- Design Team:W.Matthews, C.Pilara, J.Carter, T.Nguyên, T.Sahlmann, V.Delfaud, A.Amakasu, V.Serafini, A.Alborghetti, M.Arlunno, C.Devizzi, G.Marot, J.Pattinson, D.Phillips, L.Raimondi, D.Rat, M.Sirvin, M.Milanese, A.Olivier, J.Vargas
- Models:O.Aubert, C.Colson, Y.Kyrkos, A.Pacé
- Environmental Aspects:S.Moreau
- Consulting Architect:Inarco
- Structure:Expedition Engineering / Studio Ossola / M.Majowiecki
- Building Services:Manens-Tifs
- Façade Engineering:RFR
- Environmental Studies:Eléments Ingénieries / CSTB / RWDI
- Hydrogeological Consultant:Golder Associates
- Fire Prevention:GAE Engineering
- Acoustics:Peutz & Associés / Onleco
- Vertical Transportation:Lerch, Bates & Associates
- Audio/ Video Equipment:Labeyrie & Associés
- Kitchen Equipment:Spooms / Barberis
- Landscaping:Atelier Corajoud / Studio Giorgetta
- Cost Consultant:Tekne
- Interior Design:Michele De Lucchi / Pierluigi Copat Architecture
- Site Supervision:Jacobs Italia
- Partner And Associate In Charge:P.Vincent, A.H.Temenides
Text description provided by the architects. The project for the new Intesa Sanpaolo head office is both an environmental and social laboratory and an urban project, with a discreet urbanity that unites it with the city’s inhabitants.
The building is located on the edge of the historic town center, near Porta Susa Station, at the N/E intersection of Corso Inghilterra with Corso Vittorio Emanuele II, and is set at the center of an exceptional concentration of public services and facilities on the metropolitan scale in a zone of strategic importance for the city.
The adjoining garden, Giardino Nicola Grosa, has been upgraded and transformed into a playful space, with trees of different heights, lawns and neighborhood functions. Access to the garden from Corso Inghilterra is provided by a public gallery that traverses the entrance hall on the ground floor.
The tower, 166 meters high. is divided by infrastructure into 3 levels of parking garages, one of utility rooms and a low garden around which are laid out the company restaurant and kindergarten, while above ground it consists of 26 floors of offices and a floor for training which includes spaces and services open to the public.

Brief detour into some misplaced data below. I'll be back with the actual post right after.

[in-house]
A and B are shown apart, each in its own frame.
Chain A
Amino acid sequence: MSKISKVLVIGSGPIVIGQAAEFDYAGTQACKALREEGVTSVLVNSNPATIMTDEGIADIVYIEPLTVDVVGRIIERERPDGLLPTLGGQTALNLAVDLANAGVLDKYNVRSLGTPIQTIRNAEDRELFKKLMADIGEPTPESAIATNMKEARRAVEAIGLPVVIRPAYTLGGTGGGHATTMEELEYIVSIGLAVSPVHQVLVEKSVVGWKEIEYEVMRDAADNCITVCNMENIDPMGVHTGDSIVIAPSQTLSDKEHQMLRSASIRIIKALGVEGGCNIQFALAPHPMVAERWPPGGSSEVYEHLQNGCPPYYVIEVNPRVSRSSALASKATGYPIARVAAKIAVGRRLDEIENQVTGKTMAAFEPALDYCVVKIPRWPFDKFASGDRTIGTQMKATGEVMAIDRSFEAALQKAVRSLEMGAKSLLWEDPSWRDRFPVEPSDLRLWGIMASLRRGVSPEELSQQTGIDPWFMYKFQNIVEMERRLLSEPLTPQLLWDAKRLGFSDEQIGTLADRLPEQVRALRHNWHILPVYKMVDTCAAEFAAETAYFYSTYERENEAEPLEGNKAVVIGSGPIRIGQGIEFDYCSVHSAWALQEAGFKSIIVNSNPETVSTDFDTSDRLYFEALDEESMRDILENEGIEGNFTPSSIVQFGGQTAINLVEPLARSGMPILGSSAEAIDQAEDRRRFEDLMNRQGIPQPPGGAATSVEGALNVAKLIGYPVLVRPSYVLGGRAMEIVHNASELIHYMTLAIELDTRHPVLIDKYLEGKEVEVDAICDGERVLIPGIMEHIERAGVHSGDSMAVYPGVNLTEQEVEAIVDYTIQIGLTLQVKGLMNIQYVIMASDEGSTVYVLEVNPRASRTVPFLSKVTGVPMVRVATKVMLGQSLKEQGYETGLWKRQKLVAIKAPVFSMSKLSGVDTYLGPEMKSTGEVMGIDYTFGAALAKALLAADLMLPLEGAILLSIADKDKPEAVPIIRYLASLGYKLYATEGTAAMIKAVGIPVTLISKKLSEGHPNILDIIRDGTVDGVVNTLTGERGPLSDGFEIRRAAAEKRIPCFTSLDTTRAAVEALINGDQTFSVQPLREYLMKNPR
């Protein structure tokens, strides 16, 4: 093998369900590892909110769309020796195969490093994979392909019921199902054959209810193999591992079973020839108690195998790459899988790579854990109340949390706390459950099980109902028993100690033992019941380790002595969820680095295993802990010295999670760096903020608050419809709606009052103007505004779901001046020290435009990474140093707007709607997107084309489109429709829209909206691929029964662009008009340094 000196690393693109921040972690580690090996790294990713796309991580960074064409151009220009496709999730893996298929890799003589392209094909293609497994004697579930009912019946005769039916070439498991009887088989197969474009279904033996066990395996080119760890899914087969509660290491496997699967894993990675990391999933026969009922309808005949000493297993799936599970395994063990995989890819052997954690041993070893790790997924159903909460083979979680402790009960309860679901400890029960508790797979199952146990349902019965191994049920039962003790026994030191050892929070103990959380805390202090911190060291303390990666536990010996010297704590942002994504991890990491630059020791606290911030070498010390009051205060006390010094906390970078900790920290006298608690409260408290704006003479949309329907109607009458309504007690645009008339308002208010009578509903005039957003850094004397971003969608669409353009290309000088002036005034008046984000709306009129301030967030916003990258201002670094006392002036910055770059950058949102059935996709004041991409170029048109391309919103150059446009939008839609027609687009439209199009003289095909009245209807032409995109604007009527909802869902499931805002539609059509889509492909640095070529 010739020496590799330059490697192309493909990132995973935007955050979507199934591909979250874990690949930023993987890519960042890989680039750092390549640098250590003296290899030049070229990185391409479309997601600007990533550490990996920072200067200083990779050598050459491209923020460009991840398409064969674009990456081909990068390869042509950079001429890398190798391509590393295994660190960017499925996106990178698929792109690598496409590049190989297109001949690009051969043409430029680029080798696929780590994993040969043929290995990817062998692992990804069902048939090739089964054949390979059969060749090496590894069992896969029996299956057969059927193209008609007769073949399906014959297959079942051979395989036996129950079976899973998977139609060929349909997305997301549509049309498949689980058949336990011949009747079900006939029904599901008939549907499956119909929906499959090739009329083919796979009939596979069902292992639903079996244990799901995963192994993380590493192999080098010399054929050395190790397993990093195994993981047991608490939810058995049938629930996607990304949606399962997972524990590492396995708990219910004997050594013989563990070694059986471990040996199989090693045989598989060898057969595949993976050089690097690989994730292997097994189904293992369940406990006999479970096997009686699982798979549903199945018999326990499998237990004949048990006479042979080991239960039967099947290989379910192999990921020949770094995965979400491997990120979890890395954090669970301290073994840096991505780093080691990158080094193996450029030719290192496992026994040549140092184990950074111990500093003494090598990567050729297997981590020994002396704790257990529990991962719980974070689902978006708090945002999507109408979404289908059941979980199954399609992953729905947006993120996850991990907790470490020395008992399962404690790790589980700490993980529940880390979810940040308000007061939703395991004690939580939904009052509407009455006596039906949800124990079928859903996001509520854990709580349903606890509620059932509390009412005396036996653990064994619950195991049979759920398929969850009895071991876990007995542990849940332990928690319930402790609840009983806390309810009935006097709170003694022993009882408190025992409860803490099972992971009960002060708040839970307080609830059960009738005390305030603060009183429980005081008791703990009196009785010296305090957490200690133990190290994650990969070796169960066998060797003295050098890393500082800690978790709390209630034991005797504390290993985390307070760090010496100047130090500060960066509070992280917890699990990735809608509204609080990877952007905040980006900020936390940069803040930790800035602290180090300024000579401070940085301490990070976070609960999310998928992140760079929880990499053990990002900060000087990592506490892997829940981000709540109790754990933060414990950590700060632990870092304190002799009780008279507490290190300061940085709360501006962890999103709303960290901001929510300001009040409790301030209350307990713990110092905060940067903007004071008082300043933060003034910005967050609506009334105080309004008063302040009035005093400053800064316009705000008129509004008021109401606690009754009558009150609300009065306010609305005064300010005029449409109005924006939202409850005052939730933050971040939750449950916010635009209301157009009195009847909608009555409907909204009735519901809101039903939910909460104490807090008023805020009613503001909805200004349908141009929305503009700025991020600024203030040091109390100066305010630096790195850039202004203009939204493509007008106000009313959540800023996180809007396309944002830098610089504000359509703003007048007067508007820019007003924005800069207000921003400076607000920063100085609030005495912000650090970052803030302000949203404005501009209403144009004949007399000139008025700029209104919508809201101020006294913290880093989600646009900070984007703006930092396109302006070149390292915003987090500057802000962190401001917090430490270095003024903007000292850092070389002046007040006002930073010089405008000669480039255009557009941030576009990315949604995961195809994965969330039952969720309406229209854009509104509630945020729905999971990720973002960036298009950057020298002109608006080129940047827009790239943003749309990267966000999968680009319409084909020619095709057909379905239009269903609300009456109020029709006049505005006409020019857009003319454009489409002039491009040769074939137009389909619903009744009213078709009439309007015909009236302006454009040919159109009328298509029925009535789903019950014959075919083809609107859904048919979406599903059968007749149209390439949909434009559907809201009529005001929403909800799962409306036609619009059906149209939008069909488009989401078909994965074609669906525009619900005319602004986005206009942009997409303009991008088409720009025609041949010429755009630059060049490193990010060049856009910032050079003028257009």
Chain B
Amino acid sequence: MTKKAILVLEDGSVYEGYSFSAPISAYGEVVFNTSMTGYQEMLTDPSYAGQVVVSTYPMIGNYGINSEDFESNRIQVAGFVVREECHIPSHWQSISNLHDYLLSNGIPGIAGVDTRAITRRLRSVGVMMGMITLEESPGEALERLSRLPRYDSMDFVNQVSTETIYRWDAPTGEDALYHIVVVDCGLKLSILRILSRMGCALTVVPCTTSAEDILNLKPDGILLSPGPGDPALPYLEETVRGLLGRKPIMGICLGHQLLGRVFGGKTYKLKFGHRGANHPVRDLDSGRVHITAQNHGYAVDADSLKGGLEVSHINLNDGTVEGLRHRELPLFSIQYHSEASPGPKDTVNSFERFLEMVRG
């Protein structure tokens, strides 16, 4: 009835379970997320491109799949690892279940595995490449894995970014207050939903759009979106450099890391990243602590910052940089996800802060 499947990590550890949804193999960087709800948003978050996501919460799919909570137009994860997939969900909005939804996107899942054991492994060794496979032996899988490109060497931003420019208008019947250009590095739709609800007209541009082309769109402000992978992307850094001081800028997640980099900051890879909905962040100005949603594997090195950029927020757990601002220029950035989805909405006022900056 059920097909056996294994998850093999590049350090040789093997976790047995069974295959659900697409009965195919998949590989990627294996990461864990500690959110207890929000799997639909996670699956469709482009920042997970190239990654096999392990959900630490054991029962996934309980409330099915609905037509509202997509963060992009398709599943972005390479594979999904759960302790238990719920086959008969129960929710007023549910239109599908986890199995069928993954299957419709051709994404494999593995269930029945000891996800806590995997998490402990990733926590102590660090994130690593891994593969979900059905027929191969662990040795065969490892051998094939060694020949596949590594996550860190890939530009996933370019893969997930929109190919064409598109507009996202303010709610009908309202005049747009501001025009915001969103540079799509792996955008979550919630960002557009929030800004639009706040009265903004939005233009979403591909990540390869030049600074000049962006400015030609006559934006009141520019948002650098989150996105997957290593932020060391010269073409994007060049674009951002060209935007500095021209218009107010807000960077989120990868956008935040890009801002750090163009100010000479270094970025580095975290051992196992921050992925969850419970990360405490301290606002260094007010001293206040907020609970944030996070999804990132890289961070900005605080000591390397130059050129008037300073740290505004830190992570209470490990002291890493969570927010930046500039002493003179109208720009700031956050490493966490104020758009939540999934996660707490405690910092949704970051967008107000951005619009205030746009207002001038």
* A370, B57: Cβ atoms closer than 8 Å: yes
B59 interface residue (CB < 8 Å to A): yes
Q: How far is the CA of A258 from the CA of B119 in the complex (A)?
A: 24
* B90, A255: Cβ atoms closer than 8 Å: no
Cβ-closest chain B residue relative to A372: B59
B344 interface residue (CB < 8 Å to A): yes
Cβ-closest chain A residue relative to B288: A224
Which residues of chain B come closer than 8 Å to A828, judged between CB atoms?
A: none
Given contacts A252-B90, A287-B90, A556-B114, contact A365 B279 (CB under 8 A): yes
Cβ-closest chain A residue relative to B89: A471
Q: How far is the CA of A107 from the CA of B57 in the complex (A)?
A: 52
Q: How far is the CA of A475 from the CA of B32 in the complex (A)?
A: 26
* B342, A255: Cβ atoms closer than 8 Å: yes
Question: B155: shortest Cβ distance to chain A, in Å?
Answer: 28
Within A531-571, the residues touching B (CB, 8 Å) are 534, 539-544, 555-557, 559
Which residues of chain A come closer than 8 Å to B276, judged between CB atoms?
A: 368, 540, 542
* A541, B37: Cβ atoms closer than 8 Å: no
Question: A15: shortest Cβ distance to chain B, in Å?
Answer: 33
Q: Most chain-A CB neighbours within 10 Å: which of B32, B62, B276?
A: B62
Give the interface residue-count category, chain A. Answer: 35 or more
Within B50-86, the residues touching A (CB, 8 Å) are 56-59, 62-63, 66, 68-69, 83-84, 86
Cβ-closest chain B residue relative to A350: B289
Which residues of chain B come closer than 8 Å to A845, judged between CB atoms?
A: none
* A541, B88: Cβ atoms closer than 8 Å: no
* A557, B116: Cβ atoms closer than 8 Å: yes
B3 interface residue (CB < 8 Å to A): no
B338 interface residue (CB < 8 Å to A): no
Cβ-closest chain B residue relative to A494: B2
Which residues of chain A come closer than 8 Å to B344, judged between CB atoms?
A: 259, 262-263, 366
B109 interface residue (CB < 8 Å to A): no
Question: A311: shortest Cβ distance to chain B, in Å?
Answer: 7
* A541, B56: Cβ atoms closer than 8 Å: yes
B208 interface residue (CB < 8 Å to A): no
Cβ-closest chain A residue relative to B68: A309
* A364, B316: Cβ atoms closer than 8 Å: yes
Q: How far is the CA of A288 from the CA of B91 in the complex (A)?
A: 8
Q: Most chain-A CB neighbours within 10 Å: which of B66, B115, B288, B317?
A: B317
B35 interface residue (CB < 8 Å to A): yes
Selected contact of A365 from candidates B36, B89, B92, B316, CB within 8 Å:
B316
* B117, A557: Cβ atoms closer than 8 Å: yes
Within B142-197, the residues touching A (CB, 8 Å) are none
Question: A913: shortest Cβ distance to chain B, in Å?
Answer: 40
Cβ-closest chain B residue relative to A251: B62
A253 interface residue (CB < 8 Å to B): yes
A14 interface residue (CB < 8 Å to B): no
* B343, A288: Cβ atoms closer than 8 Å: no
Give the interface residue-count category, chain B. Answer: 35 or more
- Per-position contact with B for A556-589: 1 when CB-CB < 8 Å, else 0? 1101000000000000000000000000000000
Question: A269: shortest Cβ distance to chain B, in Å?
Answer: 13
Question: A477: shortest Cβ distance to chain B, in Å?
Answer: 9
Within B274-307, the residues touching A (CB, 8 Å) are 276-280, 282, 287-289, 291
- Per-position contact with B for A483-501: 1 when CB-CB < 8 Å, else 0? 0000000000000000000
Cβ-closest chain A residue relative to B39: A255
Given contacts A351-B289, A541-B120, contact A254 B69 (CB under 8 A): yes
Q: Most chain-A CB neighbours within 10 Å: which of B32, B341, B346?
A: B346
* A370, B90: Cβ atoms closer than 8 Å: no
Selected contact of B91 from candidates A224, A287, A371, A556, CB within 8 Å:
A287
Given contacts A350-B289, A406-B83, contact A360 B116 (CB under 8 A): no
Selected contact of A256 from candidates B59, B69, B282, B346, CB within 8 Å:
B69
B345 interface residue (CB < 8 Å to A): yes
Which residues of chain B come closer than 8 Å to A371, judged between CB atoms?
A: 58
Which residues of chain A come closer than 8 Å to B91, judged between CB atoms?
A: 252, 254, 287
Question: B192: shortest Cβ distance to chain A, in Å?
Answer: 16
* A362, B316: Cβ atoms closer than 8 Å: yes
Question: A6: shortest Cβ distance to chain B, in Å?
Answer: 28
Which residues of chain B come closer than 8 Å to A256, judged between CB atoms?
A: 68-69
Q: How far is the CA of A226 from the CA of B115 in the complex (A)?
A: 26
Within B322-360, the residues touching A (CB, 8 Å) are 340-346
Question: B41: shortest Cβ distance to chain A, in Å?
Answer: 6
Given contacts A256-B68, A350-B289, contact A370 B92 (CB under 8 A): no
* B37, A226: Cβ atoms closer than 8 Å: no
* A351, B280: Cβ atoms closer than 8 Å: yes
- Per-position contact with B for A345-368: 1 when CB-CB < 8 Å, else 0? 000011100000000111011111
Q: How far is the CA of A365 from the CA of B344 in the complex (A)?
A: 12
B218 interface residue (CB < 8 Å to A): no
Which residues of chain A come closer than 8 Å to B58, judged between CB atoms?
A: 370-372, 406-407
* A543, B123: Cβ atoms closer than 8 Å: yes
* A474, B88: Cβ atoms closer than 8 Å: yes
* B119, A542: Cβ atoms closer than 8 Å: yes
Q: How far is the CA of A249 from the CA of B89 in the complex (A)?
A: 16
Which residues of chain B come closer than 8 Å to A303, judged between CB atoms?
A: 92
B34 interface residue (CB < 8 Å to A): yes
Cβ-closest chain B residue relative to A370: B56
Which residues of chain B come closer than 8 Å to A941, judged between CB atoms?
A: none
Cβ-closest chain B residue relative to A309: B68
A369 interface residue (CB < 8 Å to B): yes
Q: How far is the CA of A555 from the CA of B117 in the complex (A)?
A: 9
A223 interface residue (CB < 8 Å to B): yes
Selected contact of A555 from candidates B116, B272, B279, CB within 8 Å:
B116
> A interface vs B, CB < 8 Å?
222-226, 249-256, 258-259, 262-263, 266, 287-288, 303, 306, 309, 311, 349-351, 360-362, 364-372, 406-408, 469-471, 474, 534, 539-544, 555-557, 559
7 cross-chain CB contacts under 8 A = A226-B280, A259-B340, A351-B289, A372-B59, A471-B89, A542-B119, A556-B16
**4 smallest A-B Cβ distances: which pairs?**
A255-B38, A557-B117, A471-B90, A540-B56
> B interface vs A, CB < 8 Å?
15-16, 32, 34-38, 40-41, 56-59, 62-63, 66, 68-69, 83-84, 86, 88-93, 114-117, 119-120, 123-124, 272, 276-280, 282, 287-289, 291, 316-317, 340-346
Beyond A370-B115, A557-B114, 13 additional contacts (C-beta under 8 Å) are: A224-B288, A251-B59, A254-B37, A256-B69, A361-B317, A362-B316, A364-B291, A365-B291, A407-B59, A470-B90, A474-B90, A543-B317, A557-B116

Two volumes in particular reveal the tower’s public vocation. The lower is the multi-purpose, flexible conference room. It can be transformed into an exhibition hall, with concerts or performances as required thanks to movable loft and variable acoustics. It can accommodate 364 people. Higher up, thebioclimatic greenhouse, naturally ventilated, welcomes the public on three levels: the restaurant with the garden, the exhibition hall and the roof terrace.
To the east and west the building’s spine consists of elevators and stairs, contributing to the vital and varied effect of the design. To the south the staircase connecting the floors incorporates a vertical winter garden where creepers filter the light behind motorized façades.
The building is the result of advanced research intended to take advantage of the surrounding natural sources of energy (water, air, sunlight) and limitoverall consumption. Ground water is used for cooling the offices. Solar energy is captured by the photovoltaic panels coveringthe tower’s whole south façade.
The ceiling height of the offices is 3.20 meters and they have optimized indirect lighting. Particular attention has been paid to the working conditions of employees in terms of quality of space, lighting and thermal comfort.
The double-skin glass façade makes it possible to limit heat loss in winter and is controlled in relation to the heat input through a system of apertures and solar screens with motorized louvers, which control irradiation and lighting in the work areas.
In summer, the cool night air is channeled inside through the double concrete floor slabs, absorbing its coolness and giving it out in the offices by day with the help of radiant panels.
The whole is controlled by probes linked to a technologically advanced BMS (Building Management System).
Like the snow-capped mountains that form the backdrop to the city of Turin, the tower is covered with bright white materials (glass, lacquered aluminum, opalescent glass) that make it almost immaterial and “luminescent,” like ice, forming subtle photosensitive variations and facets that change depending on the time of day and season.